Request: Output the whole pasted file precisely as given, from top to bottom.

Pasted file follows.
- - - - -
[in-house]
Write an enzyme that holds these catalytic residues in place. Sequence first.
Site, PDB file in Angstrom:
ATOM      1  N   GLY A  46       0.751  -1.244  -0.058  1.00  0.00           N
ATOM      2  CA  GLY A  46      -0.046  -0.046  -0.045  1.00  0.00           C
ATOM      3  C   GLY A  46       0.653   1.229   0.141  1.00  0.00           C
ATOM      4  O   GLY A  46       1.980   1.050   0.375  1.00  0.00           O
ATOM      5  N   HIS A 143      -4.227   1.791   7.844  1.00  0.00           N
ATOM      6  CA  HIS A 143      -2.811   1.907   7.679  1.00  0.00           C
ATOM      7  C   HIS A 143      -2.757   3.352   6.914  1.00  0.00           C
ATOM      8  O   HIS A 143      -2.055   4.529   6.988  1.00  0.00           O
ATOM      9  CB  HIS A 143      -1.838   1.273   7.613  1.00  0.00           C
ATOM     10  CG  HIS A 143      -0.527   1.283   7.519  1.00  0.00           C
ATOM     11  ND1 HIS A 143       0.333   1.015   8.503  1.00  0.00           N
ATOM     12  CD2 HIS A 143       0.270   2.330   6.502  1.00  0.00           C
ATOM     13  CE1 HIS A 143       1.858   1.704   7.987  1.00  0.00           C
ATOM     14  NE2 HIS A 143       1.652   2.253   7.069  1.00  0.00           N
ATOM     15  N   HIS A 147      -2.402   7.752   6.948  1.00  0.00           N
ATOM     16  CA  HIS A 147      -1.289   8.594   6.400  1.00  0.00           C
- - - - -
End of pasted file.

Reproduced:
[in-house]
Write an enzyme that holds these catalytic residues in place. Sequence first.
Site, PDB file in Angstrom:
ATOM      1  N   GLY A  46       0.751  -1.244  -0.058  1.00  0.00           N
ATOM      2  CA  GLY A  46      -0.046  -0.046  -0.045  1.00  0.00           C
ATOM      3  C   GLY A  46       0.653   1.229   0.141  1.00  0.00           C
ATOM      4  O   GLY A  46       1.980   1.050   0.375  1.00  0.00           O
ATOM      5  N   HIS A 143      -4.227   1.791   7.844  1.00  0.00           N
ATOM      6  CA  HIS A 143      -2.811   1.907   7.679  1.00  0.00           C
ATOM      7  C   HIS A 143      -2.757   3.352   6.914  1.00  0.00           C
ATOM      8  O   HIS A 143      -2.055   4.529   6.988  1.00  0.00           O
ATOM      9  CB  HIS A 143      -1.838   1.273   7.613  1.00  0.00           C
ATOM     10  CG  HIS A 143      -0.527   1.283   7.519  1.00  0.00           C
ATOM     11  ND1 HIS A 143       0.333   1.015   8.503  1.00  0.00           N
ATOM     12  CD2 HIS A 143       0.270   2.330   6.502  1.00  0.00           C
ATOM     13  CE1 HIS A 143       1.858   1.704   7.987  1.00  0.00           C
ATOM     14  NE2 HIS A 143       1.652   2.253   7.069  1.00  0.00           N
ATOM     15  N   HIS A 147      -2.402   7.752   6.948  1.00  0.00           N
ATOM     16  CA  HIS A 147      -1.289   8.594   6.400  1.00  0.00           C